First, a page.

Capturing the nuances of grief, and what we expect to feel
We read of how difficult it is, impossible for her to get rid of Dunne’s shoes, as if he will need them again when he returns. As readers travel with her at the end of this year, she writes, “grief turns out to be a place none of us know until we reach it[…]
We might expect if the death is sudden to feel shock. We do not expect this shock to be obliterative, dislocating to both body and mind. We might expect that we will be prostrate, inconsolable, crazy with loss. We do not expect to be literally crazy, cool customers who believe that their husband is about to return and need his shoes.”
The Year of Magical Thinking is a Unique Comfort for the Bereaved
As someone who has had both her parents die suddenly in accidents, I found Didion’s journey of grief a comfort to read. A sudden unexpected death of someone beloved is an entirely different journey of grief than someone who doesn’t die unexpectedly.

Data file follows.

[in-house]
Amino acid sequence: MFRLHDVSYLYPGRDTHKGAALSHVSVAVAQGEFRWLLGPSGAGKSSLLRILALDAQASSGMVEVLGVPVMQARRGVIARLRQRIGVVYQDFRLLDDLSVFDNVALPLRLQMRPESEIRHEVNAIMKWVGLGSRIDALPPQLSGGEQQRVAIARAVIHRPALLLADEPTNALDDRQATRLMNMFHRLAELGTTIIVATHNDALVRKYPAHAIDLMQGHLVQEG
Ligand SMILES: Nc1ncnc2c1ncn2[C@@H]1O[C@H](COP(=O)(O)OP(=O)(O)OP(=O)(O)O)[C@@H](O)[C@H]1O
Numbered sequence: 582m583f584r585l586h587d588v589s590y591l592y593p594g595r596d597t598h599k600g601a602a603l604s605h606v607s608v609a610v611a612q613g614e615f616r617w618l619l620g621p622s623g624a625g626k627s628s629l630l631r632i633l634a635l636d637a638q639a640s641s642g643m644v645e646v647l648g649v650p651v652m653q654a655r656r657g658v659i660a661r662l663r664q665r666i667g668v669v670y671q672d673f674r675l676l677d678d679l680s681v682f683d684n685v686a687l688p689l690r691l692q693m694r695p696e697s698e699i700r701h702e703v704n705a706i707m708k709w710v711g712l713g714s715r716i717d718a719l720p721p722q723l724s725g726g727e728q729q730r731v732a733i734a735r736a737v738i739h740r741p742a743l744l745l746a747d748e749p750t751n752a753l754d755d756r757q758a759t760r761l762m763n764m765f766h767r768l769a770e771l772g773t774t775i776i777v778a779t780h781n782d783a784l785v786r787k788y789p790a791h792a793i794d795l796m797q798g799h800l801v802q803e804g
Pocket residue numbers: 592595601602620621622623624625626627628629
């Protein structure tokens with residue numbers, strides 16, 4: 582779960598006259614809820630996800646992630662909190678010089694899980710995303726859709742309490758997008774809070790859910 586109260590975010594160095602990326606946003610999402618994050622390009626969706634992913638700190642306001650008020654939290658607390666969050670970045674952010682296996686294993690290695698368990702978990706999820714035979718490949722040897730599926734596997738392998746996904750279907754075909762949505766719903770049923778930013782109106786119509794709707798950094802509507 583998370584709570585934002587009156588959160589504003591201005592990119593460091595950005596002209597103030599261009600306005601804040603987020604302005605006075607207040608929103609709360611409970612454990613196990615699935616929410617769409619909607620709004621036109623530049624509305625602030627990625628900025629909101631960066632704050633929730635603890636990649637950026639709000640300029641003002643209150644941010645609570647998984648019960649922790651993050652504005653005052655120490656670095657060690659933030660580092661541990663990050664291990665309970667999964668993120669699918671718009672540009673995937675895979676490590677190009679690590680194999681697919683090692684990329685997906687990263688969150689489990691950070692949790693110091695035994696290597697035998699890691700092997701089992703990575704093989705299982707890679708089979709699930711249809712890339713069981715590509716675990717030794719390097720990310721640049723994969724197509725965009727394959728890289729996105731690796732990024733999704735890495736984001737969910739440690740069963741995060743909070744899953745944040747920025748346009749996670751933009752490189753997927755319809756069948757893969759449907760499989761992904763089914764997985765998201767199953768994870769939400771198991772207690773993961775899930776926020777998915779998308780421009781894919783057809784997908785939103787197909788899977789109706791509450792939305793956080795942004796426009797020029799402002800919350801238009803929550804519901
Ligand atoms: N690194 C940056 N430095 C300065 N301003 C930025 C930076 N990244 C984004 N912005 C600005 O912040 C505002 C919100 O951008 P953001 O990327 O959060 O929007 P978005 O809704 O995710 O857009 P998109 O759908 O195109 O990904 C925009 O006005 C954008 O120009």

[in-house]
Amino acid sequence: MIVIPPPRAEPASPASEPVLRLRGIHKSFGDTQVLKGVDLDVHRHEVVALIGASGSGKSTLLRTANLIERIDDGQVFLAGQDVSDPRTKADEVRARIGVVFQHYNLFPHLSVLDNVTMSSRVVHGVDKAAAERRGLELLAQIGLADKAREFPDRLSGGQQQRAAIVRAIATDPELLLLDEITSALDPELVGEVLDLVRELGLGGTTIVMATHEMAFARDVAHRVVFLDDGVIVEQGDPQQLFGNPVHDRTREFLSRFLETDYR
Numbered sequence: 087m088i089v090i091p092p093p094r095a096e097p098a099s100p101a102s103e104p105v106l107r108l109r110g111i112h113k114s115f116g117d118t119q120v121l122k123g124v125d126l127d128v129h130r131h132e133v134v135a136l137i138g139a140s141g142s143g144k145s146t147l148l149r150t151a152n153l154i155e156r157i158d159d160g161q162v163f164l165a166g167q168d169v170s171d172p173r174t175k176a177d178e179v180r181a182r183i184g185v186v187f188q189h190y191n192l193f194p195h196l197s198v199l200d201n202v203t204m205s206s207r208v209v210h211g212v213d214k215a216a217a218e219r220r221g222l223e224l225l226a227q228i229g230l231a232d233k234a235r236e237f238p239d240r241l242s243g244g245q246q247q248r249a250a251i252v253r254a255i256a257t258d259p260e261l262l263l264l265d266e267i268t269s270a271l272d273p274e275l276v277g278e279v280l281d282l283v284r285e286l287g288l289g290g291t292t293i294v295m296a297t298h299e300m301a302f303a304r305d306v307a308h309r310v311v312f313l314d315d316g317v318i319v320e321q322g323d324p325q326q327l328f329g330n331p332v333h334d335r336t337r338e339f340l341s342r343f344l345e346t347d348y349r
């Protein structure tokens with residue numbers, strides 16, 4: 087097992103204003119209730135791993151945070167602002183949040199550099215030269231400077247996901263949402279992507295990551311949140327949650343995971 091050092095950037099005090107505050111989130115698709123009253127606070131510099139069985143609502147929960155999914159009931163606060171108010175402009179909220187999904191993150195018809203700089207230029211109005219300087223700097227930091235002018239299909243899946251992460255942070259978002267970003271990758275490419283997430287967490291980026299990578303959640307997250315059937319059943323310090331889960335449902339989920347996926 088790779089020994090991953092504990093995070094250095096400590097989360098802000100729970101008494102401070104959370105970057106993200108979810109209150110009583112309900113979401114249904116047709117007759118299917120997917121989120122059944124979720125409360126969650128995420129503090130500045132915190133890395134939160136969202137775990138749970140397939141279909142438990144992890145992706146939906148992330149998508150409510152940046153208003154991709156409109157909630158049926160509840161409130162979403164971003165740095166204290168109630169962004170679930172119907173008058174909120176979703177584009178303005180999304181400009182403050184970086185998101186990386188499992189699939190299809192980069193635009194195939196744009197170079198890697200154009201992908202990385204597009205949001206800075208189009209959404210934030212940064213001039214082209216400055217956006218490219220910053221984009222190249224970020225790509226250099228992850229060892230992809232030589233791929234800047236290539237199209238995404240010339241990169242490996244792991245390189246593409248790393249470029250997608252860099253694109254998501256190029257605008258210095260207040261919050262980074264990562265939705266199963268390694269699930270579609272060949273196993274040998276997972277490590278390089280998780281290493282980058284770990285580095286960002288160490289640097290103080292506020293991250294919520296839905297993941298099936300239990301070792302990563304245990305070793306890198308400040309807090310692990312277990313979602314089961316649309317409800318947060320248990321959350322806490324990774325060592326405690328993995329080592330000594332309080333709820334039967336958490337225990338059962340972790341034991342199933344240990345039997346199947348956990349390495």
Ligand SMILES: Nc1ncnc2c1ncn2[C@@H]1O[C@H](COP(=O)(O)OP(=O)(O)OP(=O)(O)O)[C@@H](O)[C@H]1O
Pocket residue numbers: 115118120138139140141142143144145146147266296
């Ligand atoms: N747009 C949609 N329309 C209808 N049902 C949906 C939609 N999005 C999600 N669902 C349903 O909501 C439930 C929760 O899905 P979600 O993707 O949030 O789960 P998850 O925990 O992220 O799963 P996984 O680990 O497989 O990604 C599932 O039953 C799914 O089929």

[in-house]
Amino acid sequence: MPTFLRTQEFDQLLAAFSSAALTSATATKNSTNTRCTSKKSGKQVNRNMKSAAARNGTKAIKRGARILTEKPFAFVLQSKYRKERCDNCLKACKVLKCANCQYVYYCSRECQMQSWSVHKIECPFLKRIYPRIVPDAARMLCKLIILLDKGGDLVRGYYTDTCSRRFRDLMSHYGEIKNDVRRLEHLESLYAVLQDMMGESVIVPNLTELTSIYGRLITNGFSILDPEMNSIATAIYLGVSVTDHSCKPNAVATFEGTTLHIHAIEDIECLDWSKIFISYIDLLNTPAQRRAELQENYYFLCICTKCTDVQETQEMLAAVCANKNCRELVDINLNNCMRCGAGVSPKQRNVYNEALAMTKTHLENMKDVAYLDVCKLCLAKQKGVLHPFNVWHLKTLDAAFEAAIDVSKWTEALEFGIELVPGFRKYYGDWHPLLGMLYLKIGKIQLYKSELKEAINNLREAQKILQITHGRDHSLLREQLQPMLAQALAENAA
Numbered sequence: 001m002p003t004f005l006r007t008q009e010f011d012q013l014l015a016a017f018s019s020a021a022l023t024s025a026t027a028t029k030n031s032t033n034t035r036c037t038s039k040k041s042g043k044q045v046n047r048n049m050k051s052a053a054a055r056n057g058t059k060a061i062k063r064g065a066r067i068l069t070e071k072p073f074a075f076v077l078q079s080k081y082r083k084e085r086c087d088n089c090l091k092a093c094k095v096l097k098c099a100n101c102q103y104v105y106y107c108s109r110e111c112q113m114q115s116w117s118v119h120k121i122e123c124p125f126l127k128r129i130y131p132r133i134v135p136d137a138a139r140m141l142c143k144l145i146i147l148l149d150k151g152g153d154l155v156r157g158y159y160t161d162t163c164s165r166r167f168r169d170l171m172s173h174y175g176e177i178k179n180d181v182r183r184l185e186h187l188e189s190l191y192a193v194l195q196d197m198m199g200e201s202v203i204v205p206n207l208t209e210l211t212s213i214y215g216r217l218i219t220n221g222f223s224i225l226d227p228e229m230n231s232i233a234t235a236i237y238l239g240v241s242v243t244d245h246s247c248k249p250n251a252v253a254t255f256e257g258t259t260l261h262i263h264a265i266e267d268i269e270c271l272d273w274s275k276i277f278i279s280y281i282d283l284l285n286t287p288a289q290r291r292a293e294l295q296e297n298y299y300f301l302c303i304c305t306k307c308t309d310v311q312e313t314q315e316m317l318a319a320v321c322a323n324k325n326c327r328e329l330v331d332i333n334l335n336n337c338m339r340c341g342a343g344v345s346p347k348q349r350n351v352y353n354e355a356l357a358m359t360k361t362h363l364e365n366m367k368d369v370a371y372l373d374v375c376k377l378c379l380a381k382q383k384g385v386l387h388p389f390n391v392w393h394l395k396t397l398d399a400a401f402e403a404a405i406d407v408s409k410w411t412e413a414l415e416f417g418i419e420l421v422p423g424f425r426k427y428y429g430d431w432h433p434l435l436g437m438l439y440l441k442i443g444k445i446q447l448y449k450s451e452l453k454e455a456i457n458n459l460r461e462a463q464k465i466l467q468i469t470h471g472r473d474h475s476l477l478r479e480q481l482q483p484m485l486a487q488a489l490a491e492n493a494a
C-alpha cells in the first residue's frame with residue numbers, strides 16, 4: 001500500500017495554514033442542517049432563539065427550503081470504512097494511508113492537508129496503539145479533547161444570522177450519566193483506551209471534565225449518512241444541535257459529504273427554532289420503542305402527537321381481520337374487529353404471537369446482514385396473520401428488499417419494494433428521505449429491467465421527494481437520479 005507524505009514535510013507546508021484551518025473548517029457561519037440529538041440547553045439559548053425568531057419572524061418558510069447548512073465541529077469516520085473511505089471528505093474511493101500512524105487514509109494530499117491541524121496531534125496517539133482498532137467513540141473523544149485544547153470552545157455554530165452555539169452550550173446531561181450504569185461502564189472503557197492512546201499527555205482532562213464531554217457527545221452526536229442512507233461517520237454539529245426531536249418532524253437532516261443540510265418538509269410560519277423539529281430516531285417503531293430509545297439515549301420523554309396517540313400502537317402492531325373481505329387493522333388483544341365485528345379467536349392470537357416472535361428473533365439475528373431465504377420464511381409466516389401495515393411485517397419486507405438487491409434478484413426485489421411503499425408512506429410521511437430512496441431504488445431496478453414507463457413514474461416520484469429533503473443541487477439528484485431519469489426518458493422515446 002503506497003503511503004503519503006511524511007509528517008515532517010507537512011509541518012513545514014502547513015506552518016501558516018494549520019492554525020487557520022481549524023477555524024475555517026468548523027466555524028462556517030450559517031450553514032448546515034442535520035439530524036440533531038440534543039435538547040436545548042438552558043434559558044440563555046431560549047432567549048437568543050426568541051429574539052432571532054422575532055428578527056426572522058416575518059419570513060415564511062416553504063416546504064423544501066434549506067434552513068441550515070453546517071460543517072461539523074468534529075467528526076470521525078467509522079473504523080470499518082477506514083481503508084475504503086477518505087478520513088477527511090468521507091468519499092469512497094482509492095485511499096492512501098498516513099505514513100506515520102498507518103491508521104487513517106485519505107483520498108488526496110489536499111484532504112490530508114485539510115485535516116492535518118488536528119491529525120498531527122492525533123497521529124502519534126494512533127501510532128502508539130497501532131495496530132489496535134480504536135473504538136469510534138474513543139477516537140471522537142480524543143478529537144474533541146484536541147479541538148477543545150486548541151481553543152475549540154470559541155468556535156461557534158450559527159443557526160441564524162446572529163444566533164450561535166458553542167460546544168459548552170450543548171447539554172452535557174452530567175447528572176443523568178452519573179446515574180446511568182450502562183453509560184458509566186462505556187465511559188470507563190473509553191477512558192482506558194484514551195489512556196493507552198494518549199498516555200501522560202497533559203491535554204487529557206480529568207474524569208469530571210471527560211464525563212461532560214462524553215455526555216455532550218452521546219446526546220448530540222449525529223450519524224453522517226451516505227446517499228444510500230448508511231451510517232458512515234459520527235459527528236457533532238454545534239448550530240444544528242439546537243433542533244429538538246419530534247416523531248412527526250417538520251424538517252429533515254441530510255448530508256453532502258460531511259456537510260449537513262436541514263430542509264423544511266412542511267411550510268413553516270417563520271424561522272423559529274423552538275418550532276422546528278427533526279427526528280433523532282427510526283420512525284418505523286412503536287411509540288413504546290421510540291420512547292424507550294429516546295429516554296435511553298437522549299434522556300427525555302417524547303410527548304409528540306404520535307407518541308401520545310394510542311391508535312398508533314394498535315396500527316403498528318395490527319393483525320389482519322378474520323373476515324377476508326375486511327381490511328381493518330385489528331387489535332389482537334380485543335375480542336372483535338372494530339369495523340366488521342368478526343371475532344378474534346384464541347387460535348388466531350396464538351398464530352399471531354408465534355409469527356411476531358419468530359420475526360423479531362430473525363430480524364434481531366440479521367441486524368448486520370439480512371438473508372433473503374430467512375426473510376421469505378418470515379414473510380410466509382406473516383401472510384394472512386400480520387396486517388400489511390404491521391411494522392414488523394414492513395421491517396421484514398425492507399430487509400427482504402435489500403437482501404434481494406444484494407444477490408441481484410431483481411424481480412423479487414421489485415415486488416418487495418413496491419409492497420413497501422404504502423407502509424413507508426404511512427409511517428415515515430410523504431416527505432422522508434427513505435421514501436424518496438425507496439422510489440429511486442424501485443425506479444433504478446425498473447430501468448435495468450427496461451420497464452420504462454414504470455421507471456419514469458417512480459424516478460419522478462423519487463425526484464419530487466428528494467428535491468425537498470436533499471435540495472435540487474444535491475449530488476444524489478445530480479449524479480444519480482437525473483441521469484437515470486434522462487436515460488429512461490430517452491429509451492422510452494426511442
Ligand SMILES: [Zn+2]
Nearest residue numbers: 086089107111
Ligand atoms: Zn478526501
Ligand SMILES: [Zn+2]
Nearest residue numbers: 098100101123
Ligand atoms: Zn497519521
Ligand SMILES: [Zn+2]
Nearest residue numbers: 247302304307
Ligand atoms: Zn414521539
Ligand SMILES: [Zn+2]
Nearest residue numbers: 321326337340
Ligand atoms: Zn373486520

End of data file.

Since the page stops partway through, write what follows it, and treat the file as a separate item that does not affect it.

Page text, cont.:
Didion takes the reader on a journey filled with the details of a great love, and her struggle to hold onto all of the details, and memory, and remembrances, and the fear of forgetting one detail on all the different waves of grief. It is what makes this a great read for those whose hearts have broken from loving someone who dies, and how someone went about healing those broken places.
Didion’s book is a memoir for our time. Read it if you have had someone beloved die. It really will help your journey by bearing witness to hers.